As the three brothers returned to their capital, the ministers realised that they had come to the place desirous of the kingdom. They got them murdered.
A dejected Putraka started roaming about, all alone, in the Vindhyāṭavī. Once, he found two men fighting with each other and asked them who they were. They replied, “We are the sons of Mayāsura. We are fighting over the wealth that our father has left for us. He has left behind a vessel, a pair of sandals, and this stick. A person who wears the sandals can fly in the skies and whatever is written with the stick will come true. Any kind of food that you desire to eat will get filled in the vessel on its own.”
Putraka said, “If that is the case, why would you fight? You can compete with each other in a running race – the winner can possess the objects!” The fools agreed and set out on a race.
Putraka took hold of the objects and flew far away, covering a great distance. He spotted a city called Ākarṣikā and descended there. He thought to himself, “Prostitutes are cheats. And brāhmaṇas, just like my father and uncles, can dupe others. Vaiśyas are always after money. Whose house shall I reside in?” Thinking thus, he landed near a dilapidated house in a deserted place. He saw an old woman there. He offered her a lot of money, pleased her, and received her affectionate hospitality. He stayed at her place for a long period of time. The old lady, who was delighted, once told him, “Dear child! I have always been worried that you don’t have a wife who befits you. There is a maiden by name Pāṭalī here, in this city. She is the daughter of the king and she's under protection in a multi-storied harem called ‘Ratna.’
As Putraka heard this from the old lady, Manmatha, the deity of love, entered through his ears and resided in his heart. Putraka said, “I should really see the girl today!” That night, Putraka flew to the residence of the princess and entered her quarters through a window. He saw her beautiful form that looked like the very embodiment of Manmatha. As he wondered how to wake her up, he heard the security guard singing – “To wake this beautiful one up in solitude, she, who is asleep letting out gentle sounds, is the fructification of the lives of several men!" This song worked like a pretext for Purtaka’s next set of actions. He embraced the lady. His limbs seemed weak out of mild tremor, due to excitement.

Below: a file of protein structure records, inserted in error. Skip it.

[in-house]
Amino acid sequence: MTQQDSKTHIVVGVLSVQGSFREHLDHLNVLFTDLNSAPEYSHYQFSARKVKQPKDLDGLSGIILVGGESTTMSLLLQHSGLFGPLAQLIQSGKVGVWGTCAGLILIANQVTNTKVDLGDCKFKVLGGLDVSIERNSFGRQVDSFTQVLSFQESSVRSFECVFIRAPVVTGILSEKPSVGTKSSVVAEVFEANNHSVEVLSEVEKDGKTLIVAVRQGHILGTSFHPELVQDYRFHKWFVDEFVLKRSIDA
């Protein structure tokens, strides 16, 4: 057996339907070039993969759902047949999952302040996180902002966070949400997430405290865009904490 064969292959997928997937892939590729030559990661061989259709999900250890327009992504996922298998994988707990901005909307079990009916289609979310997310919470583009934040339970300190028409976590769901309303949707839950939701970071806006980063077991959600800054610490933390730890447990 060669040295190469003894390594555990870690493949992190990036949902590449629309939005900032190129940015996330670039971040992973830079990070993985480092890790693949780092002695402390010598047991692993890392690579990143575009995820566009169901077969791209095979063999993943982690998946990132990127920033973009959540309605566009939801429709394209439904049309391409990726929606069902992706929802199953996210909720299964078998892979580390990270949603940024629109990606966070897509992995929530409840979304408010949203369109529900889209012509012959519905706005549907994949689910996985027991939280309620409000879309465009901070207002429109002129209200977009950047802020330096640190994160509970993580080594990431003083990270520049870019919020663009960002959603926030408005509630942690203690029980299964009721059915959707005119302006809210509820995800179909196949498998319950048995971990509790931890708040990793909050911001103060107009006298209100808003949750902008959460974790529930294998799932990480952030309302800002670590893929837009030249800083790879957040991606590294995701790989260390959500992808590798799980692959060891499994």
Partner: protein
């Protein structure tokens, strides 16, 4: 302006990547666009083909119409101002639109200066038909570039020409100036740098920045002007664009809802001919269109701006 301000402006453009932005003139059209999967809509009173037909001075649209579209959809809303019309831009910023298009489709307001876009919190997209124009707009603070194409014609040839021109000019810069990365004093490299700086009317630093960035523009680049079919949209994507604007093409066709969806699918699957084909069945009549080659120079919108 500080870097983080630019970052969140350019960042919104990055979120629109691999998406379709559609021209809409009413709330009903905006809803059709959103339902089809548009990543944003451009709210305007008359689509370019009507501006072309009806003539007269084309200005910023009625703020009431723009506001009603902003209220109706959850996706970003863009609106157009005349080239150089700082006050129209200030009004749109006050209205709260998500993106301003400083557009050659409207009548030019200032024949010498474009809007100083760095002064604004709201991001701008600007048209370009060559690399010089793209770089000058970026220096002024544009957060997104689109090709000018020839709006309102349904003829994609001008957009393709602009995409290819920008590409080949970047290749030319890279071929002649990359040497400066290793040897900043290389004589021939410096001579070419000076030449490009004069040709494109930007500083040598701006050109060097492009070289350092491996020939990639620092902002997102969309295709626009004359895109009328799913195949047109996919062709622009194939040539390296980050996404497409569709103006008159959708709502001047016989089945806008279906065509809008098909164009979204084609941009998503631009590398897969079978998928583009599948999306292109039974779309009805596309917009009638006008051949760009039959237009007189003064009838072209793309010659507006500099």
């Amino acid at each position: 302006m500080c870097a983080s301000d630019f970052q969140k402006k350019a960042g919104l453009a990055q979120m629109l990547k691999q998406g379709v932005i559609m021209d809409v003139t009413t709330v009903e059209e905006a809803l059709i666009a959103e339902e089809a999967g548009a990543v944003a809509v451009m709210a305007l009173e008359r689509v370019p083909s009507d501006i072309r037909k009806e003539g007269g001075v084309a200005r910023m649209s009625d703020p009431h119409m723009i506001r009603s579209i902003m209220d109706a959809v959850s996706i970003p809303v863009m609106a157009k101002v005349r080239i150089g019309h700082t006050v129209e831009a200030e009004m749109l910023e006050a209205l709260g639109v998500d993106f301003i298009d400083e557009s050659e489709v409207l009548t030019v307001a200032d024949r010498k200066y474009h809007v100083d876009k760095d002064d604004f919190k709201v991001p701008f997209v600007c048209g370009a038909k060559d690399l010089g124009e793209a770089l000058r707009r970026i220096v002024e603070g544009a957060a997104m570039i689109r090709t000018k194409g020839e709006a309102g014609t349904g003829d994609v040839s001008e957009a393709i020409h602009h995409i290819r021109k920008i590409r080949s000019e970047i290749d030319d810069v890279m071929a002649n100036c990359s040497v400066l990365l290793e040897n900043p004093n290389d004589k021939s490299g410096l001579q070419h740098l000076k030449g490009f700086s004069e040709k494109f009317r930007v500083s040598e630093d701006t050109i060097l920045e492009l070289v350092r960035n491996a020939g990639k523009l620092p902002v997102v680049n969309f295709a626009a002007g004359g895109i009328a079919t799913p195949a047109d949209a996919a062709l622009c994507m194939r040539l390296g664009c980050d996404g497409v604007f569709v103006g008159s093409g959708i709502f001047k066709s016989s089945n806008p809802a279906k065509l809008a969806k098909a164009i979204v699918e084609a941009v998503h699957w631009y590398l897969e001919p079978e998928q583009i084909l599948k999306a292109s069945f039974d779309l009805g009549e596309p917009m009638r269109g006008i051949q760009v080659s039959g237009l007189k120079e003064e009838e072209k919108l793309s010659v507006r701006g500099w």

The princess opened her eyes and looked at him; as their eyes met, shyness and embarrassment competed with one another to occupy her sight. The two of them spoke to each other at length and got married in the gāndharva manner, right away. Saying that he would return soon, Putraka went back to the old lady’s house in the last leg of the night.
Putraka started visiting Pāṭalī every night. One day, the security guards noticed love-marks on her body and reported this to the king. To discover who was responsible for this, the king let a woman spy upon his daughter at night. The lady used ālaktaka colour (a kind of red dye) on Putraka’s clothes to trace his identity. They discovered that he lived at the old lady’s and brought him to the king’s court the next morning.
Seeing that the king was angry with them, Putraka flew to the residence of the princess and told her, “People have discovered our love affair. Come, let’s escape from here. When his beloved was tired, they landed on the banks of the river Gaṅgā. He provided her with food which manifested in the magic vessel. As per her request, he drew a big city along with the four-fold army, using the magic stick. This manifested as a city and Putraka became its king. He expanded his kingdom until the oceans. This city came to be called Pāṭalīputra and became the playground for Lakṣmī and Sarasvatī.
To be continued...
The current article is an addition to the English translation of Prof. A R Krishna Shastri’s Kannada classic Kathāmṛta. This section has been taken from the original Kathā-sarit-sāgara (of Soma-deva) with additional notes from Bṛhat-kathā-mañjarī (of Kṣemendra) and Bṛhat-kathā-śloka-saṃgraha (of Budha-svāmin). The translation has been rendered by Arjun Bharadwaj, Raghavendra GS, Srishan Thirumalai, and Hari Ravikumar.